Said Moroder of working with Blondie, “There were always fights. I was supposed to do an album with them after that. We went to the studio, and the guitarist was fighting with the keyboard player. I called their manager and quit.”

Moroder did end up working with Deborah Harry again years later on another soundtrack song, producing “Rush Rush” from Scarface, and in 2004 remixed Blondie’s single “Good Boys.”

Tunes du Jour’s Throwback Thursday playlist this week spotlights the best of 1980, kicking off with Blondie’s “Call Me.”


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Beck, Kanye and Beyoncé

“I just know that the Grammys, if they want real artists, to keep coming back, they need to stop playing with us. We ain’t gonna play with them no more. And Beck needs to respect artistry and he should’ve given his award to Beyoncé. Because when you keep on diminishing art and not respecting the craft and smacking people in their face after they deliver monumental feats of music, you’re disrespectful to inspiration. And we as musicians have to inspire people who go to work every day, and they listen to that Beyoncé album and they feel like it takes them to another place.” – Kanye West on the Grammy Award for Album of the Year going to Beck’s Morning Phase rather than Beyoncé’s self-titled release

“I thought she was going to win. Come on, she’s Beyoncé! You can’t please everybody, man. I still love [West] and think he’s genius. I aspire to do what he does.” – Beck

“I wasn’t saying Beck; I said the Grammys. Beck knows that Beyoncé should have won; you know that. Come on, man. I love Beck! But he didn’t have the Album of the Year.” – Kanye West

Kanye West, official spokesperson for the Bey Nation, gave his opinion and the Internet blew up! It was a repeat of 2009, when West announced that Taylor Swift stole the MTV Best Female Video Award that should have gone to Beyoncé. The American people were up in arms! So much vitriol was sent West-ward and his detractors found plenty of reasons to go after him the ensuing years. As the wise trophy thief said, “the haters gonna hate hate hate hate hate.”

Kanye’s point was about creating art and reaching new heights in one’s craft. The only intelligent responses to further this discourse, per the many comments I saw on Facebook and Twitter, are “You’re classless” and “You’re garbage.” One person who didn’t call Kanye garbage was Shirley Manson, the lead singer of the band Garbage. She called him “a complete twat.”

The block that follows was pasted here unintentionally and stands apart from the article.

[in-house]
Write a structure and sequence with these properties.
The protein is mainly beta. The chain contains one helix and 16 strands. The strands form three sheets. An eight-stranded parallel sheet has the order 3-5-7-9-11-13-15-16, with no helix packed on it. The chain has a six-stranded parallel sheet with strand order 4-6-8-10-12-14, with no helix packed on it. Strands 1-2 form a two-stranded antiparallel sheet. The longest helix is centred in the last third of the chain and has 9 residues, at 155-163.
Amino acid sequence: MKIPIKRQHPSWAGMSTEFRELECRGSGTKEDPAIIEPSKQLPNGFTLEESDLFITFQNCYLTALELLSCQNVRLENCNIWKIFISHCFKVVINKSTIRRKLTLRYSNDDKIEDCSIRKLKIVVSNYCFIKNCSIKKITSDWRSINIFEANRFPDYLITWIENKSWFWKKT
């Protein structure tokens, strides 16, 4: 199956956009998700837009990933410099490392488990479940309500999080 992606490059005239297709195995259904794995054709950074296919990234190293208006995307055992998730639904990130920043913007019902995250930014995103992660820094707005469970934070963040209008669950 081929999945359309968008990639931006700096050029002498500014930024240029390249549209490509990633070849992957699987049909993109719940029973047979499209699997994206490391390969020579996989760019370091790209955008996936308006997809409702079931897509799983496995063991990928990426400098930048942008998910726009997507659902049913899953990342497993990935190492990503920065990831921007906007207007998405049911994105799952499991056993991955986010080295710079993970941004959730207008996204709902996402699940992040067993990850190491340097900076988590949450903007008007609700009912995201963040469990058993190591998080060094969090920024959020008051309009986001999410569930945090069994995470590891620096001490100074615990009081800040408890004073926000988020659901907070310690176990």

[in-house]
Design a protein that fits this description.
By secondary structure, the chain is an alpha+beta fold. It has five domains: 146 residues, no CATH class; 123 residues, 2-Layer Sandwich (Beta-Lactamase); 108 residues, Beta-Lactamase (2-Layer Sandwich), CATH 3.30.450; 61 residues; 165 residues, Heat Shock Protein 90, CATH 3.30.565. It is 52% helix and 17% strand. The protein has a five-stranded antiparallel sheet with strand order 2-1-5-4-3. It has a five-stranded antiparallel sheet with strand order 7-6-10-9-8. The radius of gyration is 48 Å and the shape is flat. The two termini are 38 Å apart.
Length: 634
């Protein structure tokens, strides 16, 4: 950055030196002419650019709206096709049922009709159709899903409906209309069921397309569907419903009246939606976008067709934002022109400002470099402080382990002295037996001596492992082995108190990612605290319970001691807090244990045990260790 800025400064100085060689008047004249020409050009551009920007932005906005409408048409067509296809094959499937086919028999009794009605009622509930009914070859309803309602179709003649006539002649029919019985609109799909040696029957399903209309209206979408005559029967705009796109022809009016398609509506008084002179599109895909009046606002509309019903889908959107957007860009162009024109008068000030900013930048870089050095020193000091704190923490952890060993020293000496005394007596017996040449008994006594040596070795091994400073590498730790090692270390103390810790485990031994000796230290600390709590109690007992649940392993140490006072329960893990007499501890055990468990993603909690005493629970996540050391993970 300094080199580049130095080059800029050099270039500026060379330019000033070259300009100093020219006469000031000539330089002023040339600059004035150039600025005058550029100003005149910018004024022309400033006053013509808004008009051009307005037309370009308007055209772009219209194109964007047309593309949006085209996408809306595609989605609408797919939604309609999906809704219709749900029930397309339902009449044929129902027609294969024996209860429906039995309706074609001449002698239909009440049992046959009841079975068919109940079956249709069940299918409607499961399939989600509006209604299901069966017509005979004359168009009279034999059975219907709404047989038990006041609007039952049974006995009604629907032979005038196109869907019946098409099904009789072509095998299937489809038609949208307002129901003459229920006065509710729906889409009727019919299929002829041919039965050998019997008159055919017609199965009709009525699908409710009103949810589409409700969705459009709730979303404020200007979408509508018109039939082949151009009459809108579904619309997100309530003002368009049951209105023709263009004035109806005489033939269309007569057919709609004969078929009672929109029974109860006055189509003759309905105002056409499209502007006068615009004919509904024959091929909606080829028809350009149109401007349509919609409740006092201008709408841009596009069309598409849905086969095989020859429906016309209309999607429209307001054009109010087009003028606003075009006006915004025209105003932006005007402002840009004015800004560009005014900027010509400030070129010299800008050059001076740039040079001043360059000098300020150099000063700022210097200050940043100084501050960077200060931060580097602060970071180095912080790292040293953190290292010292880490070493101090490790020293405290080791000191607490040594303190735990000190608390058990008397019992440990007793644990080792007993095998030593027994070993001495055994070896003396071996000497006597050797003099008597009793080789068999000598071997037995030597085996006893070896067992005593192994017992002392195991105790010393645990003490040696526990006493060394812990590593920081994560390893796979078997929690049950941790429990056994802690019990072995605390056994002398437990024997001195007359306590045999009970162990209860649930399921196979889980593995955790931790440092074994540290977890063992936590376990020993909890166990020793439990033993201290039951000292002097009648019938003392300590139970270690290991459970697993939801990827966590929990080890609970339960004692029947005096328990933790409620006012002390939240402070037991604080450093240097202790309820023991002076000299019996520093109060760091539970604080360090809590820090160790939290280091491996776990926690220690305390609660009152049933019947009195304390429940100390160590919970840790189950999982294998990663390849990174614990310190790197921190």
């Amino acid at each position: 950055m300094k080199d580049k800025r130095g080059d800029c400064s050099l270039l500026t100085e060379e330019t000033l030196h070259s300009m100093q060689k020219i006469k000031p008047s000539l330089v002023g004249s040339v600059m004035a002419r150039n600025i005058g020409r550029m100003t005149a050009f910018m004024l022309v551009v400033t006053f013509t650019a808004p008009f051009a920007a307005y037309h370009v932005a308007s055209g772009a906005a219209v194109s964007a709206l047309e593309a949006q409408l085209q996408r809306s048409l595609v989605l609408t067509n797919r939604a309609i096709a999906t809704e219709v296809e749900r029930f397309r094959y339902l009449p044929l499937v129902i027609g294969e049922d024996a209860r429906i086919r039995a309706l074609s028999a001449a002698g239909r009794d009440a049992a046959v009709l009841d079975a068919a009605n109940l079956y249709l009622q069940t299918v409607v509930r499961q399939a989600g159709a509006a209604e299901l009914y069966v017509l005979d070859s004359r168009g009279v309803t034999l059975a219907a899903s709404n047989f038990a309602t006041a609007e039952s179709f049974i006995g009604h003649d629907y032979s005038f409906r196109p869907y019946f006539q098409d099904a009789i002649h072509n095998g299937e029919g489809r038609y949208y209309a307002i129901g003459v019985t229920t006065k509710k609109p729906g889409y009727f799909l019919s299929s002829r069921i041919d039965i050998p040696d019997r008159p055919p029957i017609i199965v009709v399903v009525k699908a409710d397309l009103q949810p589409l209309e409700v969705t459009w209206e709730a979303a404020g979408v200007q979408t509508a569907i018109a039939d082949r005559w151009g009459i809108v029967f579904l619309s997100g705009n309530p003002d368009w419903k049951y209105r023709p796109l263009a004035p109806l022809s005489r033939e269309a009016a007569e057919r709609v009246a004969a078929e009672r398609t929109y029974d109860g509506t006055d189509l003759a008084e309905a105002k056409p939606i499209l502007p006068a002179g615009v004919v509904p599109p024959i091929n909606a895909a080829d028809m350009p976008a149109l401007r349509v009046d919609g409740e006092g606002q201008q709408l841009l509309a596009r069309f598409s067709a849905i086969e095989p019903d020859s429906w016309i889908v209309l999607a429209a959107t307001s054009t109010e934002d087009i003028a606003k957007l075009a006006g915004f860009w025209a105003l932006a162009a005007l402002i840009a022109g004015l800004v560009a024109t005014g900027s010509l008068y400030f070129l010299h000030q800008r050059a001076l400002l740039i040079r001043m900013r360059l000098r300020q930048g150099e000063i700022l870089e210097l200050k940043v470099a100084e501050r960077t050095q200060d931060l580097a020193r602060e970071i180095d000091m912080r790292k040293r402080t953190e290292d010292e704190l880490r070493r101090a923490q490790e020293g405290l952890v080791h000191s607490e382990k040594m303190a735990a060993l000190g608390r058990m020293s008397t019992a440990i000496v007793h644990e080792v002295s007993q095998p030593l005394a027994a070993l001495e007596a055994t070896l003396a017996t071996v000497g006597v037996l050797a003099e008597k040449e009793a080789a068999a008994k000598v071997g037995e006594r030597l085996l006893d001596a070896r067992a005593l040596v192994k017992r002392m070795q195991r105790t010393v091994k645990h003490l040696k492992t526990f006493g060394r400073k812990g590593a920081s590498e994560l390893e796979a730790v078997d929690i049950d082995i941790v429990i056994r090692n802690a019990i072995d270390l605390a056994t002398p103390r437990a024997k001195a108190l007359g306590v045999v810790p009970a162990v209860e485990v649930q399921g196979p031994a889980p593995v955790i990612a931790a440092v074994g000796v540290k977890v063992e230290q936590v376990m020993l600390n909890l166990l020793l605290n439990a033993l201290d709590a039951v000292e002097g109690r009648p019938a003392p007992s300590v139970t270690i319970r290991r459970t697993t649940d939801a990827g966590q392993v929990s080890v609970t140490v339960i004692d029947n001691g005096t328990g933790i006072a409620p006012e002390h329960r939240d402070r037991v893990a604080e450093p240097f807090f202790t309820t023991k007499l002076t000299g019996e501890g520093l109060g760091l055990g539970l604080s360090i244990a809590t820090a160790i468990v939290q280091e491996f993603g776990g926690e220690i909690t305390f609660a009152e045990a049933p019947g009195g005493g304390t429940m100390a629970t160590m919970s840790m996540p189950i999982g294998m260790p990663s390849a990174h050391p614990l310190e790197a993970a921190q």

At least all of us can sleep better knowing that Kanye loves Beck. They are two of my favorite all-time artists for many of the same reasons. They seldom repeat themselves, making each album they release different than the previous one. Neither follows trends. Both challenge themselves. Both are masters of their craft. Both can be sincere. Both can be funny. Neither has released a bad record.

However…

Beyoncé should have gotten the Album of the Year Grammy. Her self-titled album was a revelation. Following up her uneven 4, she took a giant leap forward and strived to make something more artistic than what we were used to from her. She succeeded. The Beck record, Morning Phase, sounds beautiful, but there were no surprises. It was announced early in 2014 that Beck would be releasing a new album that was in a mellow vein. I got what I expected. It was as fine as I thought it would be, and stronger than his last couple of releases. I like Morning Phase very much, more than the other nominated Albums of the Year performed by Ed Sheeran, Sam Smith and Pharrell Williams, but it’s nothing we haven’t heard Beck do before. Ironically, in Beyoncé’s quest to be more artistic, her album outsold its predecessor. Like Kanye said, she had the Album of the Year.

Enough of the Grammy voters felt otherwise and awarded Beck. That’s fine. There have been worse slights in the Grammy Album of the Year category than Beyoncé losing to Beck. What about the 1996 awards, when Beck’s Odelay lost to Celine Dion’s Falling into You? Or in 2000, when Beck’s Midnight Vultures lost to Steely Dan’s Two Against Nature? Or in 2005, when U2’s Hot to Dismantle an Atomic Bomb beat Kanye’s Late Registration and in 2004, when Ray Charles & Friends’ Genius Loves Company beat Kanye’s The College Dropout and Green Day’s American Idiot? Steely Dan, U2 and Ray Charles have released many albums deserving of Album of the Year. These weren’t them. U2 should have won 1992’s Album of the Year for Achtung Baby. They lost to Eric Clapton Unplugged. In 2007, Kanye’s Graduation and Amy Winehouse’s Back to Black both lost Album of the Year to Herbie Hancock’s River: The Joni Letters, a record that literally nobody has ever heard. In 1980, Christopher Cross’ self-titled debut beat Pink Floyd’s The Wall. In 1966, The Beatles’ Revolver lost to Frank Sinatra’s A Man and His Music. In 2012, Mumford & Sons’ Babel beat albums by Frank Ocean, Jack White and The Black Keys. The nominees for 1984’s Album of the Year Grammy were Prince’s Purple Rain, Bruce Springsteen’s Born in the USA, Tina Turner’s Private Dancer, Cyndi Lauper’s She’s So Unusual, and Lionel Richie’s Can’t Slow Down. Four classic albums plus one by Lionel Richie. The winner? Lionel Richie! WTF on a stick?!?! In 1991 the Album of the Year Grammy didn’t go to R.E.M., nominated for Out of Time. It went to Natalie Cole’s Unforgettable…with Love. Eligible but not nominated that year? A little album called Nevermind by a band named Nirvana. Oh well, whatever. In 1982, Toto IV beat…it doesn’t matter who else was nominated. It’s Toto Fuckin’ IV, people.

It looks like Beyoncé will have to wait longer before she is in the same hallowed company as Toto.

In less contentious news this week, ISIS killed U.S. hostage Kayla Mueller, Boko Haram killed thirteen soldiers and 81 civilians in Chad, and the Chief Justice of Alabama’s Supreme Court forbade probate judges in that state to issue marriage license to same-sex couples, despite a judge’s ruling that such unions are legal and the U.S. Supreme Court refusing to issue a stay on that ruling.

Congratulations, Beck!